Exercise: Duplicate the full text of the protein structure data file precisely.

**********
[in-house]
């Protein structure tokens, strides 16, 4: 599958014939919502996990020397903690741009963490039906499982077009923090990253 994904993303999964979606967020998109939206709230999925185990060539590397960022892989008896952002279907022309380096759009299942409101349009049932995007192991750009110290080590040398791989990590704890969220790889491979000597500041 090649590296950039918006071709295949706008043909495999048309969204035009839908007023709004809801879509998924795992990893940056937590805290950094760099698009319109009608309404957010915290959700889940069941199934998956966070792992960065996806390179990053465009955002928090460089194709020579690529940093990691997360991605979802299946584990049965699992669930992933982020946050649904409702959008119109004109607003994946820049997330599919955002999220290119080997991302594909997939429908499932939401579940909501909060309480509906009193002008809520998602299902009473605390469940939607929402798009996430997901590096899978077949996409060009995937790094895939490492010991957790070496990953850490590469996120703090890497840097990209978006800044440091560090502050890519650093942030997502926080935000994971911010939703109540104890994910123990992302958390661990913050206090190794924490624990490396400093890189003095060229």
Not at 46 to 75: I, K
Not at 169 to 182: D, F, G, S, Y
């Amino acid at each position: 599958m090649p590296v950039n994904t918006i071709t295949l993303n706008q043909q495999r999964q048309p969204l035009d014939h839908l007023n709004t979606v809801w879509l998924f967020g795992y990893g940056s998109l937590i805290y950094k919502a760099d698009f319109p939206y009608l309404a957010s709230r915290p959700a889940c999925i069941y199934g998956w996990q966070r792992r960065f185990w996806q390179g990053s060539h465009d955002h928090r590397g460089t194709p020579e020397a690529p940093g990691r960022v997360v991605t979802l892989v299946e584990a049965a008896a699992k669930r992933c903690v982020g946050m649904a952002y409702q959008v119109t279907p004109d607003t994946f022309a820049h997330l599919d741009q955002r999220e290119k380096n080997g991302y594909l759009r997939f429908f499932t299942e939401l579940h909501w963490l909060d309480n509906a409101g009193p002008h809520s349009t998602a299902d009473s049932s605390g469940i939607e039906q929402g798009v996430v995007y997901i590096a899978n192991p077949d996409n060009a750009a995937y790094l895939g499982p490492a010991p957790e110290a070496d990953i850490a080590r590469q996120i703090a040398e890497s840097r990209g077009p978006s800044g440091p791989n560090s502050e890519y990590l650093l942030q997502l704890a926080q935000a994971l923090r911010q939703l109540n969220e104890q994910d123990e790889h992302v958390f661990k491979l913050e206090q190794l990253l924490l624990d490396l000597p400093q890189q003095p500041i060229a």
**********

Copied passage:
[in-house]
């Protein structure tokens, strides 16, 4: 599958014939919502996990020397903690741009963490039906499982077009923090990253 994904993303999964979606967020998109939206709230999925185990060539590397960022892989008896952002279907022309380096759009299942409101349009049932995007192991750009110290080590040398791989990590704890969220790889491979000597500041 090649590296950039918006071709295949706008043909495999048309969204035009839908007023709004809801879509998924795992990893940056937590805290950094760099698009319109009608309404957010915290959700889940069941199934998956966070792992960065996806390179990053465009955002928090460089194709020579690529940093990691997360991605979802299946584990049965699992669930992933982020946050649904409702959008119109004109607003994946820049997330599919955002999220290119080997991302594909997939429908499932939401579940909501909060309480509906009193002008809520998602299902009473605390469940939607929402798009996430997901590096899978077949996409060009995937790094895939490492010991957790070496990953850490590469996120703090890497840097990209978006800044440091560090502050890519650093942030997502926080935000994971911010939703109540104890994910123990992302958390661990913050206090190794924490624990490396400093890189003095060229």
Not at 46 to 75: I, K
Not at 169 to 182: D, F, G, S, Y
């Amino acid at each position: 599958m090649p590296v950039n994904t918006i071709t295949l993303n706008q043909q495999r999964q048309p969204l035009d014939h839908l007023n709004t979606v809801w879509l998924f967020g795992y990893g940056s998109l937590i805290y950094k919502a760099d698009f319109p939206y009608l309404a957010s709230r915290p959700a889940c999925i069941y199934g998956w996990q966070r792992r960065f185990w996806q390179g990053s060539h465009d955002h928090r590397g460089t194709p020579e020397a690529p940093g990691r960022v997360v991605t979802l892989v299946e584990a049965a008896a699992k669930r992933c903690v982020g946050m649904a952002y409702q959008v119109t279907p004109d607003t994946f022309a820049h997330l599919d741009q955002r999220e290119k380096n080997g991302y594909l759009r997939f429908f499932t299942e939401l579940h909501w963490l909060d309480n509906a409101g009193p002008h809520s349009t998602a299902d009473s049932s605390g469940i939607e039906q929402g798009v996430v995007y997901i590096a899978n192991p077949d996409n060009a750009a995937y790094l895939g499982p490492a010991p957790e110290a070496d990953i850490a080590r590469q996120i703090a040398e890497s840097r990209g077009p978006s800044g440091p791989n560090s502050e890519y990590l650093l942030q997502l704890a926080q935000a994971l923090r911010q939703l109540n969220e104890q994910d123990e790889h992302v958390f661990k491979l913050e206090q190794l990253l924490l624990d490396l000597p400093q890189q003095p500041i060229a």